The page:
Devinzgrandma More than 1 year ago
Excellent book, full of humor and determination.
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I totally enjoyed this book. However if your not into reading a lot about vegitation on a farm then this book isn't for you. I found the ups and downs of their farm life very interesting, but what amazed me was the people in their lives. I loved the wedding. I don't know how I would have felt when I found my new husband milking cows durring our reception.
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I loved this book and so did my book club. I sent a copy to my 84 year old mother who grew up on a farm and she loved it also.
Sglo More than 1 year ago
Enjoyed every word.
Anonymous More than 1 year ago
Super interesting book with an engaging story line. Made me want to leave the city and live the harder, but seemingly more fulfilling life of a farmer.
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...makes you want to get your fingers in the dirt!
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NattiFranz More than 1 year ago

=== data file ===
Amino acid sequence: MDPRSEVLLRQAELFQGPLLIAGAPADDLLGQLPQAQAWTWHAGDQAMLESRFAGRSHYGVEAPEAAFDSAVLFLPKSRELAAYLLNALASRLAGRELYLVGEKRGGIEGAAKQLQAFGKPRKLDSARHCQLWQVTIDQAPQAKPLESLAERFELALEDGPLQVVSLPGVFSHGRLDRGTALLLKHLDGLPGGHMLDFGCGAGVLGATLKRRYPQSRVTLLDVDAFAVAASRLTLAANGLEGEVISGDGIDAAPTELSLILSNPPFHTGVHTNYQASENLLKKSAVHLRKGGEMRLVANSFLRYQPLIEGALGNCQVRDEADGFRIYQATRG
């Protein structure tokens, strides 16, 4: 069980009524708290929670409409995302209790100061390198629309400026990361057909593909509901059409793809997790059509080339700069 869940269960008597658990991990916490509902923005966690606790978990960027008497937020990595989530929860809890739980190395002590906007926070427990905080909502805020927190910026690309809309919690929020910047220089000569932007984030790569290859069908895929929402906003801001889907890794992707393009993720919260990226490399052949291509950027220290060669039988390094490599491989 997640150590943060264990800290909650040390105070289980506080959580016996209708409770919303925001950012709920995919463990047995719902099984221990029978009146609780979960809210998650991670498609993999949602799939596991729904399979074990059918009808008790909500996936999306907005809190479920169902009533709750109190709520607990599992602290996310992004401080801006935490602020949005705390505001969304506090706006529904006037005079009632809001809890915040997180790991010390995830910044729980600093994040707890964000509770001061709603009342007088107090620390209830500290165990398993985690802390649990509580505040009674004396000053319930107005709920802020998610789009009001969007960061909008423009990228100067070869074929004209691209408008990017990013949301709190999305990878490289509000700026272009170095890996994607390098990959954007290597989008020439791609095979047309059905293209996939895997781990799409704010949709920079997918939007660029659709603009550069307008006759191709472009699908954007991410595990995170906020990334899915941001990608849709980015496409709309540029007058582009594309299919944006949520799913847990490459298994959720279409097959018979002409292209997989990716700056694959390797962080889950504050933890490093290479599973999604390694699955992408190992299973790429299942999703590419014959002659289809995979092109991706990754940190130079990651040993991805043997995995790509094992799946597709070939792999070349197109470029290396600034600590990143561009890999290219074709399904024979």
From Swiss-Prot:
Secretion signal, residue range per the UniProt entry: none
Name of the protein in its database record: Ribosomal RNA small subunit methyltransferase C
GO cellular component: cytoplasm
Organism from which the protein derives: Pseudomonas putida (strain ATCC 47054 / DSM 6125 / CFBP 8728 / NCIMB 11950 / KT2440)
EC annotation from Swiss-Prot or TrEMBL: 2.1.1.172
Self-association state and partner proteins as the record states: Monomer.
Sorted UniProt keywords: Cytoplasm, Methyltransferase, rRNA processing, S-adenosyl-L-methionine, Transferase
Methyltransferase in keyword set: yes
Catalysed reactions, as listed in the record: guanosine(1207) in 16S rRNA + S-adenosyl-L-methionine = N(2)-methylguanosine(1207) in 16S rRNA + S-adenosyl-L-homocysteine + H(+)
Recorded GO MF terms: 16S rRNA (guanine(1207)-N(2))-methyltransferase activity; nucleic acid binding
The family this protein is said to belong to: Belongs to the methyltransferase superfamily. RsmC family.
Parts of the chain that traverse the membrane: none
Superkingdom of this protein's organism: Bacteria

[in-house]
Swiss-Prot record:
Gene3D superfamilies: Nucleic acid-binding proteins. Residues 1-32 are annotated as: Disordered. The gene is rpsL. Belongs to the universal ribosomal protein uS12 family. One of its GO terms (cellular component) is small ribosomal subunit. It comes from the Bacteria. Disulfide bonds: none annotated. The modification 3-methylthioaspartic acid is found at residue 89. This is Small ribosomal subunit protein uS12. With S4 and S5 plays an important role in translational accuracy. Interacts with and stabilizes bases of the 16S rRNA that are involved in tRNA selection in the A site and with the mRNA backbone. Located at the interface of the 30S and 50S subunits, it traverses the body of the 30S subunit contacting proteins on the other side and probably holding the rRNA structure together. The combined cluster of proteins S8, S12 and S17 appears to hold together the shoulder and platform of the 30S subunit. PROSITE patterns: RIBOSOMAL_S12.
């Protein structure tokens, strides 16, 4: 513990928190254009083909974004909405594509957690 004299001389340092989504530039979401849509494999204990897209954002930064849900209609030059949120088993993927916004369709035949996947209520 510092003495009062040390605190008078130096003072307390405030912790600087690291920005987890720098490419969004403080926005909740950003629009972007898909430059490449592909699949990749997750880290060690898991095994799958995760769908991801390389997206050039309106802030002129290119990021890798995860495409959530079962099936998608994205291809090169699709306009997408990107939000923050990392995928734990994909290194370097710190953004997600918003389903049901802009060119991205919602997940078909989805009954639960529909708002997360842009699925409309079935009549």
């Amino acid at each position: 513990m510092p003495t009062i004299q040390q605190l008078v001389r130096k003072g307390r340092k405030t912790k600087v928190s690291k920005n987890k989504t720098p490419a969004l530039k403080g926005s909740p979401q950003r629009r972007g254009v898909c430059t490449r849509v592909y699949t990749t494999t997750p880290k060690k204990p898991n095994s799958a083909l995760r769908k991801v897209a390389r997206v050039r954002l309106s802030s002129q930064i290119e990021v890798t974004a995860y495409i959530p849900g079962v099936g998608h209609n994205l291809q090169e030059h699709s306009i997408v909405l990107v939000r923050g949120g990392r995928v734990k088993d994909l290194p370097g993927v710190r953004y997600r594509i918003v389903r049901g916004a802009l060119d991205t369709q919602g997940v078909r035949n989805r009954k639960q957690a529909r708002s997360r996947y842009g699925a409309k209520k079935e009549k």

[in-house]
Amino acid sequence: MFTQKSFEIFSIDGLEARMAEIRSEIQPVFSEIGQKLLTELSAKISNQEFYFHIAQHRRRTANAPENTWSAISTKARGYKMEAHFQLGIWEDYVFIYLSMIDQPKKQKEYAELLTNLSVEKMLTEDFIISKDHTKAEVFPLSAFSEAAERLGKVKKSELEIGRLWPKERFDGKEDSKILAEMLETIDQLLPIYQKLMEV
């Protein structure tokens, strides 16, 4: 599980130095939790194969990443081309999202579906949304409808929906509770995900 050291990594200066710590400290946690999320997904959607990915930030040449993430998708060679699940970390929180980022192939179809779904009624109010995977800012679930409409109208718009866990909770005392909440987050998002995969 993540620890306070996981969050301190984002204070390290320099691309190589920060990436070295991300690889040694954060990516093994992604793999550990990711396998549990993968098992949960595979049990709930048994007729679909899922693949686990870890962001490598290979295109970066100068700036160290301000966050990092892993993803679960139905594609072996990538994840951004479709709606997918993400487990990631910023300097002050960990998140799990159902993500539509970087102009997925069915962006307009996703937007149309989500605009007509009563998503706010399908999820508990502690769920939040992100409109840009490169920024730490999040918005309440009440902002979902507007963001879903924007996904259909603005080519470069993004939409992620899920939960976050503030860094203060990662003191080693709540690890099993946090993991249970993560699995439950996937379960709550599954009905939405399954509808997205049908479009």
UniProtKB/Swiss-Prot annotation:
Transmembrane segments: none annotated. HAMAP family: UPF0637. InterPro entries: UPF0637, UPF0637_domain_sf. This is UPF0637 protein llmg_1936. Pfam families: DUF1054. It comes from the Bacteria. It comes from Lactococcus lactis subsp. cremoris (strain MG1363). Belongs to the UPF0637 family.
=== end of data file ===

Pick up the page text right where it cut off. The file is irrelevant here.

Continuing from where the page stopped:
Kristin Kimball’s intriguing memoir, the Dirty Life, gave me a taste of a different lifestyle, one that consists purely of commitment and of hard, dirty, and rewarding work. Kimball’s story tells of her decision to leave her Harvard education, family, and whole life behind in New York City, in exchange for a life of hard farm work. Mark, her fiancé is an experienced farmer and together they take on the challenge of providing full-diet shares to their customers by means of their own farm, this diet including steak, chicken, pork, lettuce, cabbage, carrots, celery, syrup, cheese, milk, etc. And if that was not a grand enough challenge, Mark and Kimball decide to jump back a century and farm by means of horses and ploughs and their own genuine physical labor – nothing else. Their day begins at around 3 am, when Kimball and Mark must milk the cows, feed their assortment of animals, weed the fields, and anything else you can imagine that must be done on a farm. The work is never ending, but somehow the two of them develop a farm that today has grown to feed over 100 customers and employs over 20 workers. The success seen between Kimball and Mark is extremely inspiring, as it thoroughly shows the amount of effort required to attain what you want most, as well as the commitment. A theme of perseverance is constantly conveyed throughout Kimball’s memoir, and has the effect of showing the reader that things in life do not always come easy. They aren’t supposed to, as If they did then there would never be that essential feeling of fulfillment in life, an emotion that keeps one striving forward. Kimball must not only fight onward for her farm, but for Mark as well. Without their relationship the farm would have failed. The effort they must put in to keep each other happy while keeping the farm running proves to be quite a challenge. Thus, a theme of love is also prominent; love for the farm and all its animals and plants, and love for Mark. A message about the importance of decision making is always present, as Kimball explains how decisions determine the paths of our lives. You can make or break yourself, and others, with a yes or a no. My family is a health nut family, always dedicated to the thought that a good diet makes for a healthy life. The Dirty Life, hit home for me – an everyday consumer of organic foods. This book made me yearn for fresh, fresh food, straight from the source! I would recommend that those interested in health and good food read this, as it inspires one to start their own garden. Anyone up for a good story about problem solving and woman falling in love with a man and a farm should read this as well. Its detail about the effort needed to accomplish the humble act of providing food is captivating and interesting. My dislikes were the areas where there was too much attention to detail though, as this drew away from the story and my focus waivered.